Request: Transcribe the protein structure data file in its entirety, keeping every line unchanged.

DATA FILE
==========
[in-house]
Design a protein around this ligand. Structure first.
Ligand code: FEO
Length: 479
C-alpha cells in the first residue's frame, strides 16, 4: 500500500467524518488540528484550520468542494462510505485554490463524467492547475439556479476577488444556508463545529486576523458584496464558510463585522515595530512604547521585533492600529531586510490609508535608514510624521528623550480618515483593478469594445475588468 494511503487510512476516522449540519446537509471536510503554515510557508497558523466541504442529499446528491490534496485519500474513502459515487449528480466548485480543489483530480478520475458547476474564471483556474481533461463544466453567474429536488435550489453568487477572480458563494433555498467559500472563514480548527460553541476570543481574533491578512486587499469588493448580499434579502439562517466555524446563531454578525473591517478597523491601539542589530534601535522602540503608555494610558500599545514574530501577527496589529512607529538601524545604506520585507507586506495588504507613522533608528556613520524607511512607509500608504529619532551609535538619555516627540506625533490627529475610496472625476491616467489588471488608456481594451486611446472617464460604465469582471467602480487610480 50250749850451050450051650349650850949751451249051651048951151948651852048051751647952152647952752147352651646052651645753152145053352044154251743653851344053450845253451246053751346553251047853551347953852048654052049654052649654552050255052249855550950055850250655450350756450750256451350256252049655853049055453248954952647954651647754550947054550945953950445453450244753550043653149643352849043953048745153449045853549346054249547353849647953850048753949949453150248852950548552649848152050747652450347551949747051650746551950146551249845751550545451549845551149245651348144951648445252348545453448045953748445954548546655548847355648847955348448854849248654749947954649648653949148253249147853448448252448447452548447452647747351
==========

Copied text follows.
[in-house]
Design a protein around this ligand. Structure first.
Ligand code: FEO
Length: 479
C-alpha cells in the first residue's frame, strides 16, 4: 500500500467524518488540528484550520468542494462510505485554490463524467492547475439556479476577488444556508463545529486576523458584496464558510463585522515595530512604547521585533492600529531586510490609508535608514510624521528623550480618515483593478469594445475588468 494511503487510512476516522449540519446537509471536510503554515510557508497558523466541504442529499446528491490534496485519500474513502459515487449528480466548485480543489483530480478520475458547476474564471483556474481533461463544466453567474429536488435550489453568487477572480458563494433555498467559500472563514480548527460553541476570543481574533491578512486587499469588493448580499434579502439562517466555524446563531454578525473591517478597523491601539542589530534601535522602540503608555494610558500599545514574530501577527496589529512607529538601524545604506520585507507586506495588504507613522533608528556613520524607511512607509500608504529619532551609535538619555516627540506625533490627529475610496472625476491616467489588471488608456481594451486611446472617464460604465469582471467602480487610480 50250749850451050450051650349650850949751451249051651048951151948651852048051751647952152647952752147352651646052651645753152145053352044154251743653851344053450845253451246053751346553251047853551347953852048654052049654052649654552050255052249855550950055850250655450350756450750256451350256252049655853049055453248954952647954651647754550947054550945953950445453450244753550043653149643352849043953048745153449045853549346054249547353849647953850048753949949453150248852950548552649848152050747652450347551949747051650746551950146551249845751550545451549845551149245651348144951648445252348545453448045953748445954548546655548847355648847955348448854849248654749947954649648653949148253249147853448448252448447452548447452647747351